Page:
This is not as bad as it sounds. With or without his dancing shoes, the resurgent Travolta has a way about him, and in Nora Ephron's Michael, he brings all his charms to bear on a preposterous plot based on a pop craze: One recent survey found that 68 percent of Americans now believe in angels.
The movie's miracle is that Travolta, wearing big white wings under his overcoat, brings off the illusion pretty well. This Christmas, at least, good old Clarence from It's a Wonderful Life will have a little competition in the eternal good works department.
But not before Travolta's Michael trashes a couple of stereotypes. If you've never seen an angel with a beer belly scratching his crotch or an angel who chain-smokes Marlboros, chases women and yearns to see the world's largest ball of twine, then buckle your seat belts. He also spreads around his goodness and powers in an offhand kind of way--blowing out a rear tire here, knocking down an entire bank there, bringing love to a couple of cynics someplace else.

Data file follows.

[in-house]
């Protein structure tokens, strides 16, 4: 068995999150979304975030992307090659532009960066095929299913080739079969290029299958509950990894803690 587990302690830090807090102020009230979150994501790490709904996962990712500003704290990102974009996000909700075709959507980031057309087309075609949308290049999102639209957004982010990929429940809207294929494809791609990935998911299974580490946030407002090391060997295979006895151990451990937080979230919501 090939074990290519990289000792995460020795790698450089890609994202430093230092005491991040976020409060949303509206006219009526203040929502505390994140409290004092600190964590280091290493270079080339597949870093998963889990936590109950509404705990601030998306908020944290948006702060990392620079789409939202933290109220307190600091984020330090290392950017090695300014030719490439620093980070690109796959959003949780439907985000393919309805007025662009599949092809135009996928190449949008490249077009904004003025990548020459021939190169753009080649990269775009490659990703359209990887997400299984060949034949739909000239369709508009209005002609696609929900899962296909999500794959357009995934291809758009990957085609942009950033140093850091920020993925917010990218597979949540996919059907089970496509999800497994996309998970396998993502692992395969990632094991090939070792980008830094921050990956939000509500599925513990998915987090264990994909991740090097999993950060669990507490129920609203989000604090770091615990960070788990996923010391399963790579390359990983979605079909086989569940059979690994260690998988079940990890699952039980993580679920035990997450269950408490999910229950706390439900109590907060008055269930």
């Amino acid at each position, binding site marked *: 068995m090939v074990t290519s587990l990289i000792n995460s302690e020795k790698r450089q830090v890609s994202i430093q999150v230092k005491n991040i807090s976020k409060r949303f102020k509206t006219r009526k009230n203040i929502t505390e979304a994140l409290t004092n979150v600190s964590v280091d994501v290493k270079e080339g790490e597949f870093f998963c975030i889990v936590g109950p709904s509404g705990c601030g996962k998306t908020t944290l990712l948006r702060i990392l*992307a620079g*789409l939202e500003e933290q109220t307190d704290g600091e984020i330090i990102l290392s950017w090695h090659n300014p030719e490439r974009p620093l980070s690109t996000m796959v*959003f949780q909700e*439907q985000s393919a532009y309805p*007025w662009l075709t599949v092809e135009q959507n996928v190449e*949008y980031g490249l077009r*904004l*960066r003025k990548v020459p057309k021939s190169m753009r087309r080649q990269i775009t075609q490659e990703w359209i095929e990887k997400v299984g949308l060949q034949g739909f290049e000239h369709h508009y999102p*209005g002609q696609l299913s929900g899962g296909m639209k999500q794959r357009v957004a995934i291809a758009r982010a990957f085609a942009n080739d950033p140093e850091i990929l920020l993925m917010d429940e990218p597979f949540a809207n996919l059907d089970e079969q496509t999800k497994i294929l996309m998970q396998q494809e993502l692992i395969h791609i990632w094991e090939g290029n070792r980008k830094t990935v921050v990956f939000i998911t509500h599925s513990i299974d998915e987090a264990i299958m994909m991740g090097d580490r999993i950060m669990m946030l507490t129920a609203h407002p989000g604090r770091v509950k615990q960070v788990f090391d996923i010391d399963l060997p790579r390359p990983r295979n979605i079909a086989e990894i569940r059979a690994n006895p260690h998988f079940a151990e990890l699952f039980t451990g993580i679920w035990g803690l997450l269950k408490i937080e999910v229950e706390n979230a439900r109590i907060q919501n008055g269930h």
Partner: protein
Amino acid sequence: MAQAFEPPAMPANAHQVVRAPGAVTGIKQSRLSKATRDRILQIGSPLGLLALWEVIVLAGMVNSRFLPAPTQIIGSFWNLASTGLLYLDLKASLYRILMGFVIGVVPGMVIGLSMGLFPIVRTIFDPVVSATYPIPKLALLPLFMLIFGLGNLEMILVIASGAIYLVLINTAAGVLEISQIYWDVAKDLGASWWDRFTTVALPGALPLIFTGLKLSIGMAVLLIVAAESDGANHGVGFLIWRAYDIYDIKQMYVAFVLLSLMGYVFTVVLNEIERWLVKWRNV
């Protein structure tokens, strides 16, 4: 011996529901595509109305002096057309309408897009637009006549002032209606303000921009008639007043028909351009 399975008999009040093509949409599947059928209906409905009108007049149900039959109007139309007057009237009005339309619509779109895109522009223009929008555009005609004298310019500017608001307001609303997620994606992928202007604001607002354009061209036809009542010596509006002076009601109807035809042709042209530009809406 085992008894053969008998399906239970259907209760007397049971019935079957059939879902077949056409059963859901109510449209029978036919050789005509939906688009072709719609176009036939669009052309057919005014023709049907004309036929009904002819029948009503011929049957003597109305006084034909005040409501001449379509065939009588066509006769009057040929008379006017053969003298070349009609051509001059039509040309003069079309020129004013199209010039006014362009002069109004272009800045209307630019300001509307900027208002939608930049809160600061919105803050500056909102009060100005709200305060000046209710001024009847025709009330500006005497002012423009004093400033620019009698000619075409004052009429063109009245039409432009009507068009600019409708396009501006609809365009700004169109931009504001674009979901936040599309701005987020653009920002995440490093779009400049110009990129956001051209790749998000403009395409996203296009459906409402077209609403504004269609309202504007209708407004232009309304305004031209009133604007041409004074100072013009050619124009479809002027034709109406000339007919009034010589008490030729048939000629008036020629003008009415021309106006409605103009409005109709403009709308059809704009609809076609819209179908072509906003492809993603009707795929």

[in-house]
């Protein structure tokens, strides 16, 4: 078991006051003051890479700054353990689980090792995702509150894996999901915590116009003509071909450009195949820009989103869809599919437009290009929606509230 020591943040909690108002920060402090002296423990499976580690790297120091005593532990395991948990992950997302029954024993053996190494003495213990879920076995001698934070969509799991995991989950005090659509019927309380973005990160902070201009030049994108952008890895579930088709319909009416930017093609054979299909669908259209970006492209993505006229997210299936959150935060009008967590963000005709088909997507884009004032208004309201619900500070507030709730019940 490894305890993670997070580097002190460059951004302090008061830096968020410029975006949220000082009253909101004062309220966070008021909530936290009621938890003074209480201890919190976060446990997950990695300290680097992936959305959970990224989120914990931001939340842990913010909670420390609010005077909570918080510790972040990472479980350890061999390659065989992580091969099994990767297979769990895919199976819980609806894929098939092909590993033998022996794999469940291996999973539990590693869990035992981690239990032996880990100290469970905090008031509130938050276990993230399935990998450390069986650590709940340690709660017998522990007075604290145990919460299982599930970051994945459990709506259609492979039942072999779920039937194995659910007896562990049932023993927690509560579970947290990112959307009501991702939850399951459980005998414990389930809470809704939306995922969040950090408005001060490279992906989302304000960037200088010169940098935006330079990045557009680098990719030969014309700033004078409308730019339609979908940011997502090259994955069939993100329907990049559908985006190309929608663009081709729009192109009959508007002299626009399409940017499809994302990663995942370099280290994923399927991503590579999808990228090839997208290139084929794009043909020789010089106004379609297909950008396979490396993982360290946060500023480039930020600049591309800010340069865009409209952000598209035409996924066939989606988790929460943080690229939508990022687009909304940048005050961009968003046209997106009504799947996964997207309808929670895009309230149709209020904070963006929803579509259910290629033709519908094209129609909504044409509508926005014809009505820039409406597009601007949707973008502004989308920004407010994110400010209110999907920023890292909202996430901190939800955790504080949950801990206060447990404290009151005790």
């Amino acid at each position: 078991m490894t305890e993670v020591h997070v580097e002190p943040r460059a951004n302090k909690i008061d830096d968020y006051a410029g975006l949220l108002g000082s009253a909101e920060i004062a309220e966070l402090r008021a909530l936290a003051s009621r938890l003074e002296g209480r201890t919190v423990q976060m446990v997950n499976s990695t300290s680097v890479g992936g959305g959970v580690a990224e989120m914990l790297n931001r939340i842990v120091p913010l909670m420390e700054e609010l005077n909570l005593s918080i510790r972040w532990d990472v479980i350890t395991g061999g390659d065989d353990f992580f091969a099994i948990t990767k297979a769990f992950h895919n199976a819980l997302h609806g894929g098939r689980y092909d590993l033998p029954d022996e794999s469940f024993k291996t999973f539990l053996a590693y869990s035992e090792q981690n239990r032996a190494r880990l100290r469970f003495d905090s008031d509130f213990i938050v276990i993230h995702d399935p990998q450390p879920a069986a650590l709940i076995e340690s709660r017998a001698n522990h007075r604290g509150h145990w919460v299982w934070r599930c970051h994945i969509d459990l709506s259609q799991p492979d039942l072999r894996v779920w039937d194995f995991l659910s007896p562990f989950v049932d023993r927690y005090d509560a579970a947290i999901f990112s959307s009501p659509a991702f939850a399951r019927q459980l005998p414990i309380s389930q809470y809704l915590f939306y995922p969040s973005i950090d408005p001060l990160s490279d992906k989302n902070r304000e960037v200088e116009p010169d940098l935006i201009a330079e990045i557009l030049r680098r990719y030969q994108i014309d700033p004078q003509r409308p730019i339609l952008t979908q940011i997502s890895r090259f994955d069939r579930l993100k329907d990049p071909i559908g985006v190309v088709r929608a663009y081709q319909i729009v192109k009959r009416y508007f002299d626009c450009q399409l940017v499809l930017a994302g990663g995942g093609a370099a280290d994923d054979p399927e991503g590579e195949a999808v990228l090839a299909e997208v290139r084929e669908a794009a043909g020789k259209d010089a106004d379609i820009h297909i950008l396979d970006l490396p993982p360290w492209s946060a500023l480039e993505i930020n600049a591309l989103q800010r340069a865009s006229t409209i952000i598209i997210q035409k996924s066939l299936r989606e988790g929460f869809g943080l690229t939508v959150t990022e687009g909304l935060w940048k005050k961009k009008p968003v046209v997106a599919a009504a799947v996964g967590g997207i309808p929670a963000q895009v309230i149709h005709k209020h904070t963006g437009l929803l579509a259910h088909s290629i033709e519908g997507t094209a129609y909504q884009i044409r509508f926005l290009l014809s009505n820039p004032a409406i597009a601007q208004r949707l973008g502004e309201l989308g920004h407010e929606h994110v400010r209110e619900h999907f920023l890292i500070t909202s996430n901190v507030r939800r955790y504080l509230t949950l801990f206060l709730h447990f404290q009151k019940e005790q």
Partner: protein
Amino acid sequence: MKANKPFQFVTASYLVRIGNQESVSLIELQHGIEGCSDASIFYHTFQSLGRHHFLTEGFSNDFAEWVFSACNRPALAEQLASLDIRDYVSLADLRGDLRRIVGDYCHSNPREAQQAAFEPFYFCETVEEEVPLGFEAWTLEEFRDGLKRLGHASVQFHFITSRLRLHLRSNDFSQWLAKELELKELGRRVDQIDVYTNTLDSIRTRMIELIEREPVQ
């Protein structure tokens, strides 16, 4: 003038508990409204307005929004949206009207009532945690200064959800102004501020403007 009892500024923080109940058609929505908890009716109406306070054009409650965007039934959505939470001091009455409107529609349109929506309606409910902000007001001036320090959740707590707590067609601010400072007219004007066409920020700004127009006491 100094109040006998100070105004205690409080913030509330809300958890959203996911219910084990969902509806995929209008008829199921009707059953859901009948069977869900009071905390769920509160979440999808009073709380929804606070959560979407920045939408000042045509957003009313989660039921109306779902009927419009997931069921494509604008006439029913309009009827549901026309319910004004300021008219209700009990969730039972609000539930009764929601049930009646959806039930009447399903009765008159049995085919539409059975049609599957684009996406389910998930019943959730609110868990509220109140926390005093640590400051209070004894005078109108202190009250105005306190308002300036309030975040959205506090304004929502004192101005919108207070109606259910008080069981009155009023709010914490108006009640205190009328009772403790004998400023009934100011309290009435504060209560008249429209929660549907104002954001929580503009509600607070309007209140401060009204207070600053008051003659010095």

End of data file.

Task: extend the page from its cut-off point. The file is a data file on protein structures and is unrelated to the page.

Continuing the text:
Otherwise, this Michael's more or less theologically correct. Still likes to fight evil. Still likes to dance--not on the head of a pin this time, but in a low-down Midwestern roadhouse called Joe's, where every woman in the place falls under his spell when he works out to "Chain of Fools."
His real business on Earth, though, is to redeem a pair of broken-down writers for a supermarket tabloid (William Hurt and Robert Pastorelli), an oft-married country-singer wannabe who's sworn off love (Andie MacDowell) and the tabloid's canine mascot, Sparky. Piled in the back of a beat-up station wagon stuffed with the entire major cast, the Archangel Michael does just that on the country roads between Iowa and Chicago. Feel like going along for the ride? There are worse journeys you could take.
Michael. Screenplay by Nora Ephron & Delia Ephron and Pete Dexter & Jim Quinlan. Directed by Nora Ephron. With John Travolta, Andie MacDowell, William Hurt and Robert Pastorelli.